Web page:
A character's Wisdom score allows her to remain calm and composed in stressful situations, much like Self-Control. The difference is that a Wise character's calm comes from experience, common sense and a deep understanding of the world around him, rather than from strict regulation of one's emotions. The character resists frenzy because he understands the beast and himself. Wisdom can also be used in any situation where common sense might be important. Wisdom figures into the player's Humanity.
Honour replaces Self-Control as a virtue. It is similar to that virtue in that it helps the character avoid outbursts of anger. The difference is that those who employ the Honour virtue resist Anger and Hunger frenzies due to a deep spiritual strength of will, and their own personal code that forbids them to be claimed by such weaknesses. Honour may also be used to resist mind control or Rötschreck in situations where her honour is at stake. Should the character botch an honour roll, she immediately loses a point of Honour. This virtue is used to calculate the character's Humanity or Willpower score (player's choice).
Characters with instinct are in touch with their primal natures. They seek not to shut out their Beast, but to openly embrace it. While other stability virtues allow a character to prevent themselves from entering the throes of frenzy, Instinct instead allows the character to "ride the wave" so to speak, taking control of the frenzy rather than falling victim to it. On a more basic level, Instinct represents a character's gut feelings, hunches and "intuition." In any situation where a gut instinct would play a key role, Instinct may be added to this roll. For instance, a character fleeing from a Blood Hunt has the option of heading down one of two alleyways. The alley to the right leads to a quick and unhindered retreat, while the alley to the left contains a Nosferatu Archon waiting patiently in the shadows. A successful roll of Wits + Instinct would tell the character that the right just seems like the "better choice." Instinct does not figure into humanity.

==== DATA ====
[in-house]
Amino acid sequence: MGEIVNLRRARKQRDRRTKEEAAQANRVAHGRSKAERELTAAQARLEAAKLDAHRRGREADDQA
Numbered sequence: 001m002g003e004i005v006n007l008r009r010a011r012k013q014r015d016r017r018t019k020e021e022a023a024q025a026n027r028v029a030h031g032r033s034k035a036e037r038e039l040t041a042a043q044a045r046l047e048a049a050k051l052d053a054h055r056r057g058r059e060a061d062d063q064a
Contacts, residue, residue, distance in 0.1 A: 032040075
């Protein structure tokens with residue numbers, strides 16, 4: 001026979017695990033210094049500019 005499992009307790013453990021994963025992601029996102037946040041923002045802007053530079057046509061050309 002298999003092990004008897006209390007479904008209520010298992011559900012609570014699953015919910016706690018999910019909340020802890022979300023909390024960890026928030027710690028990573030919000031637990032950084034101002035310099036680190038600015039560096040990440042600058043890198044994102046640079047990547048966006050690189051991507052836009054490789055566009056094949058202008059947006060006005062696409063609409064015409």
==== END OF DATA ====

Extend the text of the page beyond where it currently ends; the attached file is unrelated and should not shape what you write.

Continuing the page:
Courage represents a character's ability to stare down his fears. The character can resist fleeing in the face of danger, or freezing up in the line of fire. This is a gradual process, as Courage takes time to build up. If the character doesn't roll 5 successes outright on a Courage roll, he should make a second Courage roll a number of turns later equal to the number of successes he rolled. If the successes from the first roll + the successes from the second roll equal or exceed 5, the player has overcome his fear. If they do not, then the character must make another roll as many turns later as successes rolled, and must continue this pattern until 5 successes are rolled or a roll is botched. If the first roll fails, then the character enters Rötschreck, or flees, or whatever else the Storyteller decides. If one of the later rolls is botched, then the character loses all successes and succumbs to his fear. If the first roll is botched, then the character enters Rötschreck no mater what the roll called for (unless there are other rules to the contrary). Courage figures into the character's Willpower.
Morale functions as Courage, but those with Morale tend to rely more on the strengths of others than on their own abilities. Members of lupine packs and gang members alike will have this virtue. With respects to basic system, treat Morale as Courage. However, for each other character in the character's group who succeeds on a Bravery Virtue roll in the same turn, or the turn preceeding the character's Morale roll, add 1 die to the roll. For each who failed, subtract 1 die. The Maximum dice that a character may roll is twice his original score (so if his morale is 2, he may only ever have up to 4 dice to roll). The minimum amount of dice is 1. Morale determines the character's starting Willpower.